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Jennifer’s Body review – you didn’t expect it to be good did you?

Submitted by on September 30, 2009 – 6:09 pmOne Comment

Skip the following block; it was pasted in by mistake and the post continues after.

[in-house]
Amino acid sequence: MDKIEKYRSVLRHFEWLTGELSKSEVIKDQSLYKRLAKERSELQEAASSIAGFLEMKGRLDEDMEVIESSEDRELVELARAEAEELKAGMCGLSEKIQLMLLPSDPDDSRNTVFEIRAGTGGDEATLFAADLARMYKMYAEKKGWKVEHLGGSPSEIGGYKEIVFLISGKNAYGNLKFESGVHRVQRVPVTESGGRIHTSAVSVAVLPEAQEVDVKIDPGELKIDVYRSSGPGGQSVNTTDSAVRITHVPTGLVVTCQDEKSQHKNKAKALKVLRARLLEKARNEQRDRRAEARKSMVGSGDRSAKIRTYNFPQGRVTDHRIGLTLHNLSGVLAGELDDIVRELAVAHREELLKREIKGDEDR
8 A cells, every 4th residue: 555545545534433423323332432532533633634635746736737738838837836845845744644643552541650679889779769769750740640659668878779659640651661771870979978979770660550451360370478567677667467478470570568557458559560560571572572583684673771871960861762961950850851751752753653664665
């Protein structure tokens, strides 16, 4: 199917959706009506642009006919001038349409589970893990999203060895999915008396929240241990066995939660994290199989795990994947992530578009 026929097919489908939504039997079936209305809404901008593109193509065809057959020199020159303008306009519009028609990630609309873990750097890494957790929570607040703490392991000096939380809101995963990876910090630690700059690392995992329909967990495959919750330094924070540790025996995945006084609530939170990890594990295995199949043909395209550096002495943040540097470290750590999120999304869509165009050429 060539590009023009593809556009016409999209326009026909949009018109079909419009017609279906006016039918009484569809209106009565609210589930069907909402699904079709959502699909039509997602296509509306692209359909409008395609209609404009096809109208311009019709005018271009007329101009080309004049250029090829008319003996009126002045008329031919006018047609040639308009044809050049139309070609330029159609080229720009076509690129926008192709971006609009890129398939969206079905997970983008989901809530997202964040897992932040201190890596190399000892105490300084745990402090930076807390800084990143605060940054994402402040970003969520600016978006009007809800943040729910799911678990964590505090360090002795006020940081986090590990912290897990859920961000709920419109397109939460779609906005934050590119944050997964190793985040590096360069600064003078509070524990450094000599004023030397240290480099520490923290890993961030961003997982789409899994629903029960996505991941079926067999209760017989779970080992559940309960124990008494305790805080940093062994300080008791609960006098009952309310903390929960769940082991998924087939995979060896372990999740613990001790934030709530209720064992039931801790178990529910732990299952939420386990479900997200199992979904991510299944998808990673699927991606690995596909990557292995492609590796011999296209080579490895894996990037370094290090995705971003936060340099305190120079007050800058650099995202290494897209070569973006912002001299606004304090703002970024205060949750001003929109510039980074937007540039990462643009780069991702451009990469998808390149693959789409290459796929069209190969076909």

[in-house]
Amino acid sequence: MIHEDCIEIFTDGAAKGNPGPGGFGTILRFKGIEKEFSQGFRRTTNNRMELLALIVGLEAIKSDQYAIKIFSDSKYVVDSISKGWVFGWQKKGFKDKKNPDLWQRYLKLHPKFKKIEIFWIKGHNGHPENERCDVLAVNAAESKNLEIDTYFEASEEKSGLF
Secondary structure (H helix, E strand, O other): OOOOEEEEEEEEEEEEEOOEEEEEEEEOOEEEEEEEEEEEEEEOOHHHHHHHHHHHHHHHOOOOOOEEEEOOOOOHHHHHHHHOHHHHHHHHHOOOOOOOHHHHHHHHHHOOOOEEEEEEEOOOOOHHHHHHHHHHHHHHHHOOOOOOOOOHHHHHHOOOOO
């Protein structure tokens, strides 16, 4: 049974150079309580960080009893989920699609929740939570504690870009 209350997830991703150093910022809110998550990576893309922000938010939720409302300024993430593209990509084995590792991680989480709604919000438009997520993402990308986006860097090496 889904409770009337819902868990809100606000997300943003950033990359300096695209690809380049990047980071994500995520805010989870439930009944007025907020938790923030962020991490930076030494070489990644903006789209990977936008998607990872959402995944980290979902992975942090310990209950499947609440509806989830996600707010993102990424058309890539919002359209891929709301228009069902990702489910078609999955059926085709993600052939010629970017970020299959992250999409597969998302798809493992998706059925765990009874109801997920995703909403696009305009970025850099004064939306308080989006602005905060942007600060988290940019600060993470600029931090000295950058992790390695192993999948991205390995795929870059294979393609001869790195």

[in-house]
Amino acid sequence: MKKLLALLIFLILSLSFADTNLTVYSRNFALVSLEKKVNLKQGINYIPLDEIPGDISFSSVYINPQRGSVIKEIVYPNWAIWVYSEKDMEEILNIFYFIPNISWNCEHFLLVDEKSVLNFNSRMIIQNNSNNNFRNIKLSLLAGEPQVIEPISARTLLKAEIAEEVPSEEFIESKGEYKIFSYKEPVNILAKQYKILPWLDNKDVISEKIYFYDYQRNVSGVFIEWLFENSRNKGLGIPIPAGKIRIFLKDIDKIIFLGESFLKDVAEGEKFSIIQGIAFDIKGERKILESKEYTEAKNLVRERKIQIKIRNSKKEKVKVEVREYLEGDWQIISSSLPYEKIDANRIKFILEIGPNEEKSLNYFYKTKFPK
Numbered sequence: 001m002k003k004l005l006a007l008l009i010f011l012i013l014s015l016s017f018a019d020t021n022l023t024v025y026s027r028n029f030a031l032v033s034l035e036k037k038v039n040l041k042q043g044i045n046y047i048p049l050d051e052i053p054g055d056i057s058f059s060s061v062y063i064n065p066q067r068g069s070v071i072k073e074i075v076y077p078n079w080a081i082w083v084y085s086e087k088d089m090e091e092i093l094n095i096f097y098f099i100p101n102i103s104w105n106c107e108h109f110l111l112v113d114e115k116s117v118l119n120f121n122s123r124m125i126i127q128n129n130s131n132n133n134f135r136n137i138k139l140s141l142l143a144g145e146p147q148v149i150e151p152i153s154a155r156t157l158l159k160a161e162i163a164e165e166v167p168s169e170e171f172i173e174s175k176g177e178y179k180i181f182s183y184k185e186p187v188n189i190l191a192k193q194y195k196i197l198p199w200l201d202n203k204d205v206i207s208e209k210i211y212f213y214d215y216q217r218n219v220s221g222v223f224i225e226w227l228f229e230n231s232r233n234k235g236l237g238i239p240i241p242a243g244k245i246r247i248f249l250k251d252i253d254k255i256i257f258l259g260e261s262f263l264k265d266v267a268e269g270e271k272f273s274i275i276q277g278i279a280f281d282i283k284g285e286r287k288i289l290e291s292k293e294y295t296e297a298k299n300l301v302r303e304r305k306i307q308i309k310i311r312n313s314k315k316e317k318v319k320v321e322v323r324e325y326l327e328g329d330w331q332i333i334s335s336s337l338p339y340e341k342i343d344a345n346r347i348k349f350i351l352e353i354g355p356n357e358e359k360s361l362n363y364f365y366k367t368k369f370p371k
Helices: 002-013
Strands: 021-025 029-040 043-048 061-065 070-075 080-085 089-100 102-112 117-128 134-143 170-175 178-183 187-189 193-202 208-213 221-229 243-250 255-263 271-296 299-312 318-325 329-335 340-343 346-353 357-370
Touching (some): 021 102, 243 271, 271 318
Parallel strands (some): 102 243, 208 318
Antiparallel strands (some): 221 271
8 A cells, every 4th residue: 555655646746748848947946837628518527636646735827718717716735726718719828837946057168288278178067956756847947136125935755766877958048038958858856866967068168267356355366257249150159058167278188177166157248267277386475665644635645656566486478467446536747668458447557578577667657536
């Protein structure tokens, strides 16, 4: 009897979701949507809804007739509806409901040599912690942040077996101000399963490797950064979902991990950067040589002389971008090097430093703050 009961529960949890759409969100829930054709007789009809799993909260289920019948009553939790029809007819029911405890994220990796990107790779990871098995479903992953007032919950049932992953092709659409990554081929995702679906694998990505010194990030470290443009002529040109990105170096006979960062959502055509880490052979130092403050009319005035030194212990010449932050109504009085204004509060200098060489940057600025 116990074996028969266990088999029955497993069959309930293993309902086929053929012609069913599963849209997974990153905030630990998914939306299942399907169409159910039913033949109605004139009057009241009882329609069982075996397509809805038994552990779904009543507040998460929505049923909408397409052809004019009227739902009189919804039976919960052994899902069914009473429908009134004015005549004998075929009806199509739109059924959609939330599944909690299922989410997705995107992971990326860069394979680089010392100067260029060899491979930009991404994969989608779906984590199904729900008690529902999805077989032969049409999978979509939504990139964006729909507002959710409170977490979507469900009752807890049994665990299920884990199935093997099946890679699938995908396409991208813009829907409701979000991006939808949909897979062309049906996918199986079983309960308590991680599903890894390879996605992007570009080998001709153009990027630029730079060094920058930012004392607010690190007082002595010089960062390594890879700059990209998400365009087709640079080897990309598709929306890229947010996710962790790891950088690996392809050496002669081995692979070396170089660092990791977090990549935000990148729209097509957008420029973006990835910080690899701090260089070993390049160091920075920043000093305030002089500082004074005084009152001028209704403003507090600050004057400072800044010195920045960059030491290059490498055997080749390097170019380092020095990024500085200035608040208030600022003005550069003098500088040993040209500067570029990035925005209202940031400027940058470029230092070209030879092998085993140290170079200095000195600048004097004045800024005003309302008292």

jennifers_body_posterAfter the relative shambles that was inglourious Basterds I decided to take a short break from reviewing films. Quentin Tarantino’s latest “masterpiece” had drained me of that much hope for cinema. Naturally I had planned on continuing to watch film, but decided against reviewing most of them to revive my sense of passion in the field. Ironically it was decided that I return to reviewing films with Jennifer’s Body; a film that I had expected to be complete and utter excrement. This (I had assumed) would either confirm my suspicions or offer a nice surprise by turning out semi-decent which is ultimately why it was chosen. So how did Jennifer’s Body stack up against expectations? Did show her acting capabilities? Should have been put in the title role? Was there a shameless homoerotic taint to the proceedings to get male bums on seats? Was it ultimately pants? The answers to these questions are no, yes, YES and YES. Synopsis: A newly possessed cheerleader turns into a killer who specialises in “offing” her male classmates. Can her best friend put an end to the horror? Critique: This is not a review about Megan Fox. How I wish I could continue on for an hour moaning about the fact that someone with no acting ability is allowed to head theatrical releases. How I wish that I could mention that she has as much screen presence as the fabled hamster in Twelve Monkeys. How I hope that one day I am able to express that this woman is incapable of speaking a word of dialogue without sounding like one of those premium rate phone numbers that your mother tells you not to call (whilst pouting). Anyway, since I am not permitted to mention the above (ahem), it is probably more pertinent to discuss the film. Jennifer’s Body is the collaboration between the screenwriter of Juno (Diablo Cody) and the director of Æon Flux (Karyn Kusama). Whilst it is encouraging to see a female director onboard, you cannot help she is doing a “Margaret Thatcher” (i.e. overcompensating by coming over all alpha male on us). This is said simply because Jennifer’s Body comes across almost as if it is told by a 14 year old sex-obsessed boy. Amanda Seyfried begins the film in a surprising style and actually gives you hope for the rest of it. In fact if you walked out of the cinema after the first ten minutes, you could probably imagine a much better film involving the manifestation of characters and personalities along with dark secrets that are never told. If, however you do not walk out of the cinema you will be ultimately let down by the proceedings onscreen. The very second Megan Fox opens her mouth onscreen you become fully aware what this is all about. This (apparently) was her springboard as a star in her own right; an opportunity to show that she can carry a film by herself. In fact Jennifer’s Body even fails to do this, as Amanda Seyfried tries and fails to hold anything that Fox does up (excuse the unintended pun). In fact instead of being a springboard into the realms of stardom of Hollywood (for Fox) it is more of a stone floor that a whiny pouting girl is bouncing up and down on, in the hope of getting some attention. Well I’m not paying you any attention Ms Fox! Only the rampant teenagers are! jennifers-body-kiss The simple fact is Seyfried and Fox have shown to be suitable side characters in other films (Mamma Mia and Transformers respectively), but they are simply not cut out for headlining a film. In fact if you were going to take a risk with one of them then Megan Fox seemed like the obvious choice (being more recognisable to the masses) but after three minutes into the first take it should have been equally obvious that this was a mistake! Amanda Seyfried deserved the role of Jennifer if only for the reason that in the first scenes she showed promise. The script is flimsy at best with only a vague brushing of storyline before ensuring that Ms Fox gets to lick her lips a couple of hundred times whilst sucking the face of every man onscreen. Quite randomly there is an unnecessary scene where Seyfried falls for her black-gunge-vomiting charms and goes for a lunge. Being a man, I naturally appreciate this but felt it a very cheap shot at gaining some attention in case we had all fallen asleep (which I nearly did). Unfortunately Jennifer’s Body comes close to being “so bad that it’s good”, but shows elements of promise. It is only when you realise this that you cannot give it a good rating. It is impossible to believe that the director and writer thought that they were making a cheap B-movie parody of better films. The sad fact is they weren’t. Karyn Kusama and Diablo Cody were actually trying. I suppose it is better to try and fail instead of never trying at all, but believe me...they failed! Conclusion: As expected, Megan Fox fails as a lead character and Amanda Seyfried fails to support her. Jennifer’s Body fails as a parody (because it wasn’t one) and it fails as a teen horror. It fails as a comedy, due to the fact that only the horrific sacrifice scene was almost darkly comedic and it fails as platform for the main stars to continue on in their own headlining work. Jennifer’s Body showed promise at the beginning and a better story could be told. Perhaps this story would have been an amalgamation of other films but then it was anyway! Watch it if you are a rampant teenager who is likely to find spending £10 to watch Seyfried and Fox sucking each other’s face worth it (it’s cheaper than a prostitute I suppose). Rating: 2 out of 5

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